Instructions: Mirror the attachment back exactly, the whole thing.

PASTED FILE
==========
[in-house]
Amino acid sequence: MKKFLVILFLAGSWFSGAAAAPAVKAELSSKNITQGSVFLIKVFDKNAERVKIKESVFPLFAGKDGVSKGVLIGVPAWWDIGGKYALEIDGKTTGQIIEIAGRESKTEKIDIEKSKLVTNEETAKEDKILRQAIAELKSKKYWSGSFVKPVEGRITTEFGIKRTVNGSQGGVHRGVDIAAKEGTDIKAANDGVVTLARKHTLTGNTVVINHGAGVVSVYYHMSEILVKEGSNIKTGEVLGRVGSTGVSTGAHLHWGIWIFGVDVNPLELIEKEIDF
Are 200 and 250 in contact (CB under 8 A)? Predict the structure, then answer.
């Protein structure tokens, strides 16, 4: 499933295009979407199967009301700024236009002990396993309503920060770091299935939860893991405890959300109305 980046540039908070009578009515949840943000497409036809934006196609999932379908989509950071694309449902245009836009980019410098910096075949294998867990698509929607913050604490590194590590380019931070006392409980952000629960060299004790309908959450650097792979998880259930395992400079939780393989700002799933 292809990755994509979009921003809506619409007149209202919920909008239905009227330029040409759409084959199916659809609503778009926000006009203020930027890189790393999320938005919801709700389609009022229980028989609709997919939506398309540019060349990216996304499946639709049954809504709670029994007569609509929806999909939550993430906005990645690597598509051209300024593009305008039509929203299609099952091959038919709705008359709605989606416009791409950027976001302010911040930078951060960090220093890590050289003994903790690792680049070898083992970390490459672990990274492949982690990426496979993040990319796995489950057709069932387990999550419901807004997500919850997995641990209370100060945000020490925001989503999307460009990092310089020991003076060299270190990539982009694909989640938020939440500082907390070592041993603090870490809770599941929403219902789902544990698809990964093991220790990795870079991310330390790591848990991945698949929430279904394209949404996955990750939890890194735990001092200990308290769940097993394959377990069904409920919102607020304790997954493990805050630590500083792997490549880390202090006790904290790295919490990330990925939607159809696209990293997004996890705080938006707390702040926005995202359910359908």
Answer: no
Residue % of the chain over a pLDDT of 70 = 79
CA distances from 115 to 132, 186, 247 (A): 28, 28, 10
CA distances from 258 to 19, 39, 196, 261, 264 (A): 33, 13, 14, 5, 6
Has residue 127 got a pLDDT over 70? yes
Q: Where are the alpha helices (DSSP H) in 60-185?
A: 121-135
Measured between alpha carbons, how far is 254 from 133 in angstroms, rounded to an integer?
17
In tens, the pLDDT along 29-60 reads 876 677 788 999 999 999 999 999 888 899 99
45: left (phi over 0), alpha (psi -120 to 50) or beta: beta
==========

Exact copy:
[in-house]
Amino acid sequence: MKKFLVILFLAGSWFSGAAAAPAVKAELSSKNITQGSVFLIKVFDKNAERVKIKESVFPLFAGKDGVSKGVLIGVPAWWDIGGKYALEIDGKTTGQIIEIAGRESKTEKIDIEKSKLVTNEETAKEDKILRQAIAELKSKKYWSGSFVKPVEGRITTEFGIKRTVNGSQGGVHRGVDIAAKEGTDIKAANDGVVTLARKHTLTGNTVVINHGAGVVSVYYHMSEILVKEGSNIKTGEVLGRVGSTGVSTGAHLHWGIWIFGVDVNPLELIEKEIDF
Are 200 and 250 in contact (CB under 8 A)? Predict the structure, then answer.
């Protein structure tokens, strides 16, 4: 499933295009979407199967009301700024236009002990396993309503920060770091299935939860893991405890959300109305 980046540039908070009578009515949840943000497409036809934006196609999932379908989509950071694309449902245009836009980019410098910096075949294998867990698509929607913050604490590194590590380019931070006392409980952000629960060299004790309908959450650097792979998880259930395992400079939780393989700002799933 292809990755994509979009921003809506619409007149209202919920909008239905009227330029040409759409084959199916659809609503778009926000006009203020930027890189790393999320938005919801709700389609009022229980028989609709997919939506398309540019060349990216996304499946639709049954809504709670029994007569609509929806999909939550993430906005990645690597598509051209300024593009305008039509929203299609099952091959038919709705008359709605989606416009791409950027976001302010911040930078951060960090220093890590050289003994903790690792680049070898083992970390490459672990990274492949982690990426496979993040990319796995489950057709069932387990999550419901807004997500919850997995641990209370100060945000020490925001989503999307460009990092310089020991003076060299270190990539982009694909989640938020939440500082907390070592041993603090870490809770599941929403219902789902544990698809990964093991220790990795870079991310330390790591848990991945698949929430279904394209949404996955990750939890890194735990001092200990308290769940097993394959377990069904409920919102607020304790997954493990805050630590500083792997490549880390202090006790904290790295919490990330990925939607159809696209990293997004996890705080938006707390702040926005995202359910359908």
Answer: no
Residue % of the chain over a pLDDT of 70 = 79
CA distances from 115 to 132, 186, 247 (A): 28, 28, 10
CA distances from 258 to 19, 39, 196, 261, 264 (A): 33, 13, 14, 5, 6
Has residue 127 got a pLDDT over 70? yes
Q: Where are the alpha helices (DSSP H) in 60-185?
A: 121-135
Measured between alpha carbons, how far is 254 from 133 in angstroms, rounded to an integer?
17
In tens, the pLDDT along 29-60 reads 876 677 788 999 999 999 999 999 888 899 99
45: left (phi over 0), alpha (psi -120 to 50) or beta: beta